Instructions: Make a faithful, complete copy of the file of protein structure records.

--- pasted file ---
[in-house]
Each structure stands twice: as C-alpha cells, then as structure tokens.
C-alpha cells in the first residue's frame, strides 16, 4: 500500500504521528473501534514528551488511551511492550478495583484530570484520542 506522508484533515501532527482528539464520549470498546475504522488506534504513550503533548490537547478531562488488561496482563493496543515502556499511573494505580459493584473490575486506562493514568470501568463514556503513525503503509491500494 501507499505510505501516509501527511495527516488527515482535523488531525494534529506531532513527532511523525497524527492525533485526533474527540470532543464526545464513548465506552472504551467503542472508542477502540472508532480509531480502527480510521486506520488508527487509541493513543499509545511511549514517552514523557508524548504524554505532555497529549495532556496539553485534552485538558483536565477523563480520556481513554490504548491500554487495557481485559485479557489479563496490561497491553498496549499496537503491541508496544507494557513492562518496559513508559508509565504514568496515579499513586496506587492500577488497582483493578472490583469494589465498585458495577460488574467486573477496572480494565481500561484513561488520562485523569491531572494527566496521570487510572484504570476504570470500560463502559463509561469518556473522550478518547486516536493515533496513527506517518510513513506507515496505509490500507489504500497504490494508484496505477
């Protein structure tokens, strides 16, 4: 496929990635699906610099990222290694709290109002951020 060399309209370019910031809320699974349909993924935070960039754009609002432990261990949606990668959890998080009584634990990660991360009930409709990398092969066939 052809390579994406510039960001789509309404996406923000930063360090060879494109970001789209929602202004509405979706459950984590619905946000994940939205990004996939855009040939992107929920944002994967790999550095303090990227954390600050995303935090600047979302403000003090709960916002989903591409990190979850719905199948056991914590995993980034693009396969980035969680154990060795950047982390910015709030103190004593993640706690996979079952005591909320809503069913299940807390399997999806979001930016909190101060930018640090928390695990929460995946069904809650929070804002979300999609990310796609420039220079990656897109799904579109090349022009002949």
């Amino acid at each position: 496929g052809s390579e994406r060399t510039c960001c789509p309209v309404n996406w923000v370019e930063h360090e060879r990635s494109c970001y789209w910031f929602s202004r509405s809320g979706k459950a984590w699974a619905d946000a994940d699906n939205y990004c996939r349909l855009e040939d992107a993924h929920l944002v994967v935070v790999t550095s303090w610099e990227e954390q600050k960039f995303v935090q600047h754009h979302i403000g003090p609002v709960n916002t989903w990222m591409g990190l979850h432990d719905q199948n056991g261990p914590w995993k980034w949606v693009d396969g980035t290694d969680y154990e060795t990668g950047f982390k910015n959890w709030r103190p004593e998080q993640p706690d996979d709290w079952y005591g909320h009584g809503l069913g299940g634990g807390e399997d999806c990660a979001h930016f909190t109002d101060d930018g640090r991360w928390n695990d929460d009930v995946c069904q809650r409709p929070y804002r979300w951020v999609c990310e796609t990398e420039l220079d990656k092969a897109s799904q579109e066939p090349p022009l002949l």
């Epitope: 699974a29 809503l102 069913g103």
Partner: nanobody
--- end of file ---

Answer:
[in-house]
Each structure stands twice: as C-alpha cells, then as structure tokens.
C-alpha cells in the first residue's frame, strides 16, 4: 500500500504521528473501534514528551488511551511492550478495583484530570484520542 506522508484533515501532527482528539464520549470498546475504522488506534504513550503533548490537547478531562488488561496482563493496543515502556499511573494505580459493584473490575486506562493514568470501568463514556503513525503503509491500494 501507499505510505501516509501527511495527516488527515482535523488531525494534529506531532513527532511523525497524527492525533485526533474527540470532543464526545464513548465506552472504551467503542472508542477502540472508532480509531480502527480510521486506520488508527487509541493513543499509545511511549514517552514523557508524548504524554505532555497529549495532556496539553485534552485538558483536565477523563480520556481513554490504548491500554487495557481485559485479557489479563496490561497491553498496549499496537503491541508496544507494557513492562518496559513508559508509565504514568496515579499513586496506587492500577488497582483493578472490583469494589465498585458495577460488574467486573477496572480494565481500561484513561488520562485523569491531572494527566496521570487510572484504570476504570470500560463502559463509561469518556473522550478518547486516536493515533496513527506517518510513513506507515496505509490500507489504500497504490494508484496505477
């Protein structure tokens, strides 16, 4: 496929990635699906610099990222290694709290109002951020 060399309209370019910031809320699974349909993924935070960039754009609002432990261990949606990668959890998080009584634990990660991360009930409709990398092969066939 052809390579994406510039960001789509309404996406923000930063360090060879494109970001789209929602202004509405979706459950984590619905946000994940939205990004996939855009040939992107929920944002994967790999550095303090990227954390600050995303935090600047979302403000003090709960916002989903591409990190979850719905199948056991914590995993980034693009396969980035969680154990060795950047982390910015709030103190004593993640706690996979079952005591909320809503069913299940807390399997999806979001930016909190101060930018640090928390695990929460995946069904809650929070804002979300999609990310796609420039220079990656897109799904579109090349022009002949």
């Amino acid at each position: 496929g052809s390579e994406r060399t510039c960001c789509p309209v309404n996406w923000v370019e930063h360090e060879r990635s494109c970001y789209w910031f929602s202004r509405s809320g979706k459950a984590w699974a619905d946000a994940d699906n939205y990004c996939r349909l855009e040939d992107a993924h929920l944002v994967v935070v790999t550095s303090w610099e990227e954390q600050k960039f995303v935090q600047h754009h979302i403000g003090p609002v709960n916002t989903w990222m591409g990190l979850h432990d719905q199948n056991g261990p914590w995993k980034w949606v693009d396969g980035t290694d969680y154990e060795t990668g950047f982390k910015n959890w709030r103190p004593e998080q993640p706690d996979d709290w079952y005591g909320h009584g809503l069913g299940g634990g807390e399997d999806c990660a979001h930016f909190t109002d101060d930018g640090r991360w928390n695990d929460d009930v995946c069904q809650r409709p929070y804002r979300w951020v999609c990310e796609t990398e420039l220079d990656k092969a897109s799904q579109e066939p090349p022009l002949l």
């Epitope: 699974a29 809503l102 069913g103």
Partner: nanobody